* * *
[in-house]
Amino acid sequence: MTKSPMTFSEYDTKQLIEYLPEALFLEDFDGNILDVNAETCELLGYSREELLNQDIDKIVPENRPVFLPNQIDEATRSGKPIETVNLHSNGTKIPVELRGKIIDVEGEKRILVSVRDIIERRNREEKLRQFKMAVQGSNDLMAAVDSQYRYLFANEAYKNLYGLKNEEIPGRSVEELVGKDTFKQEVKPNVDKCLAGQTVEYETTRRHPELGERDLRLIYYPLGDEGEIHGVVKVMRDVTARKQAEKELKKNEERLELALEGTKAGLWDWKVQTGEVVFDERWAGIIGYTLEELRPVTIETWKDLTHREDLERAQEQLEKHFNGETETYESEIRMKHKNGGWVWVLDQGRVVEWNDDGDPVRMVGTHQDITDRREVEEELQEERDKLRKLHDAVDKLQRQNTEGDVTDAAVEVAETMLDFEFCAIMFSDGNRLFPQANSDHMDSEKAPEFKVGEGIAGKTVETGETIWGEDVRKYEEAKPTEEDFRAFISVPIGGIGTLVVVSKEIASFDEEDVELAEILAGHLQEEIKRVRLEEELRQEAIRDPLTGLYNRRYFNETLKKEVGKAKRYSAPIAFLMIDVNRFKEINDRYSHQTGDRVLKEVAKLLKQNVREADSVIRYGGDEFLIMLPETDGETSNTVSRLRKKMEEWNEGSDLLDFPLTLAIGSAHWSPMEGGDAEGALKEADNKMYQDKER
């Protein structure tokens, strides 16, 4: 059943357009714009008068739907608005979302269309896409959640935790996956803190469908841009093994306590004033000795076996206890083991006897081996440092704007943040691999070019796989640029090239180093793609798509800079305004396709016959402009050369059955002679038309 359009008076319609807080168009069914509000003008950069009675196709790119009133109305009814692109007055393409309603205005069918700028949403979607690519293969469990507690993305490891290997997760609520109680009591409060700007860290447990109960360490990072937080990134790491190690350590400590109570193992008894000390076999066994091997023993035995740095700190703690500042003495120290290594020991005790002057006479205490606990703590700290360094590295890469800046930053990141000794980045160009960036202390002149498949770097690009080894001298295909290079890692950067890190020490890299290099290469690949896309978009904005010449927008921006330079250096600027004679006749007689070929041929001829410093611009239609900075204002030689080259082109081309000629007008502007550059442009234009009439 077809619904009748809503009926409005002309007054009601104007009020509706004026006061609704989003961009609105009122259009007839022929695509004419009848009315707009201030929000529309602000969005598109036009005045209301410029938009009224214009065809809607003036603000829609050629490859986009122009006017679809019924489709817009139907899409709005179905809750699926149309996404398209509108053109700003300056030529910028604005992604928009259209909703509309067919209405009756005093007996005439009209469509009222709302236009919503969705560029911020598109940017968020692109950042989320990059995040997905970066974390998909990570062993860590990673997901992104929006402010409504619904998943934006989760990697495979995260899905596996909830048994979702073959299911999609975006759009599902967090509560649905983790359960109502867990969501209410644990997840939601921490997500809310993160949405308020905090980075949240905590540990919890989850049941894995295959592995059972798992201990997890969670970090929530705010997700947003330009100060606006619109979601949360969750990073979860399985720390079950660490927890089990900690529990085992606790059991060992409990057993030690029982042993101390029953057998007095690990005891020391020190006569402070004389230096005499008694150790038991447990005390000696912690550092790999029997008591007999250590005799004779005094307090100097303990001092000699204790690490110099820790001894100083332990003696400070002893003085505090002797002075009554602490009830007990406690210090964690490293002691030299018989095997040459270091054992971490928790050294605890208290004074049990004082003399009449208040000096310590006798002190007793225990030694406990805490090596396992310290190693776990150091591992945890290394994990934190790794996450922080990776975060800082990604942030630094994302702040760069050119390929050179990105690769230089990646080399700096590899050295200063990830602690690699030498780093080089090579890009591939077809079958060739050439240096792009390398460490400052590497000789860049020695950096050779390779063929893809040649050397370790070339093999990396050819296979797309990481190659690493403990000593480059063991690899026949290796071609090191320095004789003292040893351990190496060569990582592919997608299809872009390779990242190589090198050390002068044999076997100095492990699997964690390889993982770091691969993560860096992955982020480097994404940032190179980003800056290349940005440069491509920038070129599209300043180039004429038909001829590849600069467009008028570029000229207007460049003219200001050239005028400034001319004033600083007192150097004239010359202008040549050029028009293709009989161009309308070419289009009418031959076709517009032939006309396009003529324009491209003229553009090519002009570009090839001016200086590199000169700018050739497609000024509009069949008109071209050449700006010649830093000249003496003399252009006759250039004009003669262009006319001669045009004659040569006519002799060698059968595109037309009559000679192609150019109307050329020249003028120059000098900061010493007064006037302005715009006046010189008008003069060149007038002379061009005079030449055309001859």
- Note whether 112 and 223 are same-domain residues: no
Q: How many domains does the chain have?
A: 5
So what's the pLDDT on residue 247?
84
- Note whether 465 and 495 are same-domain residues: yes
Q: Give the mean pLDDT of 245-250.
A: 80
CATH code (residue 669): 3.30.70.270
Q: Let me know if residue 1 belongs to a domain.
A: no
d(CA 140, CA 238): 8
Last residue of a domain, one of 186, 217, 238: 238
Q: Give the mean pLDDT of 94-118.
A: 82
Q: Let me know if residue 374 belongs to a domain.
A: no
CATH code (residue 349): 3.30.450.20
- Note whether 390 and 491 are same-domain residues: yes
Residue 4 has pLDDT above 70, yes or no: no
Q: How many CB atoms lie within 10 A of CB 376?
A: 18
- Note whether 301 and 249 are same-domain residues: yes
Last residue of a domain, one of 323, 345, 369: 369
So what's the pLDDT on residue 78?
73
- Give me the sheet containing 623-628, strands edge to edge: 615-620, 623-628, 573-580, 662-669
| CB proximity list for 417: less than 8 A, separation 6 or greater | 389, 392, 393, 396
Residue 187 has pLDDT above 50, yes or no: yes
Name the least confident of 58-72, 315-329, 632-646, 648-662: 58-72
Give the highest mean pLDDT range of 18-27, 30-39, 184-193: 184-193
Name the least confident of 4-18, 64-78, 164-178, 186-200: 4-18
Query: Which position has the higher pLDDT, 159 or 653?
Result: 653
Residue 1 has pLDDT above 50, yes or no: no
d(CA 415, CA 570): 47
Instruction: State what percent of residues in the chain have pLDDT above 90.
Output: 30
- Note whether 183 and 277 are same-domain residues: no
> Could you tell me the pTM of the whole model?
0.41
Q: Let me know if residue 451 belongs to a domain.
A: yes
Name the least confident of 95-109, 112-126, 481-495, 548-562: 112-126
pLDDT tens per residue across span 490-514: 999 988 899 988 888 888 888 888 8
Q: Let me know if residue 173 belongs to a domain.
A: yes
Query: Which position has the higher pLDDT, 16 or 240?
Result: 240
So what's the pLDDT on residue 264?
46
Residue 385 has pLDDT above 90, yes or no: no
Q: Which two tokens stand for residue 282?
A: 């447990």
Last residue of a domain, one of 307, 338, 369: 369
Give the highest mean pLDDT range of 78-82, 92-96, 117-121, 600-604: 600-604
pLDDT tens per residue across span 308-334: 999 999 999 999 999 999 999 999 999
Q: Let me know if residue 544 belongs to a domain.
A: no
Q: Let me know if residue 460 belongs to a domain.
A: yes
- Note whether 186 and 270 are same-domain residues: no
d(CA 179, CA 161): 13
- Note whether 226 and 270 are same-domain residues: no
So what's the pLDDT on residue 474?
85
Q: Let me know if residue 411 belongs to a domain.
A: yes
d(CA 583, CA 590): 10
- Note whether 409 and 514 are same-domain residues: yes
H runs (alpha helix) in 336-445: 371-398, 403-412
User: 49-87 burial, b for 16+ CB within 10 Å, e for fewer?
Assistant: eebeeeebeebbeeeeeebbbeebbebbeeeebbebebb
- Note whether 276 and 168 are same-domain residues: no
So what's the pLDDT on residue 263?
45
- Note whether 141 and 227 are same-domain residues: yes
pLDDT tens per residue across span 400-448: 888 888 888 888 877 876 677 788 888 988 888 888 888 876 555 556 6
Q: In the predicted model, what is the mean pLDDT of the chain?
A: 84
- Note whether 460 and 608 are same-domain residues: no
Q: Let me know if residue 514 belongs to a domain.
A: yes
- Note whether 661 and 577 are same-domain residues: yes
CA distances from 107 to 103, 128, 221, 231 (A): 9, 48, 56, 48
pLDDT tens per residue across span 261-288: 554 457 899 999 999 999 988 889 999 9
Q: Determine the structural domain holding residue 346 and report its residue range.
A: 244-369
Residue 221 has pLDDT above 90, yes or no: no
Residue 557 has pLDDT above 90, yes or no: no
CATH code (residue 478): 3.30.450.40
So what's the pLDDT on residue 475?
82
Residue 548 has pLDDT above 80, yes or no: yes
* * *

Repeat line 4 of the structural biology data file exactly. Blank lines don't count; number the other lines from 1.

- Note whether 112 and 223 are same-domain residues: no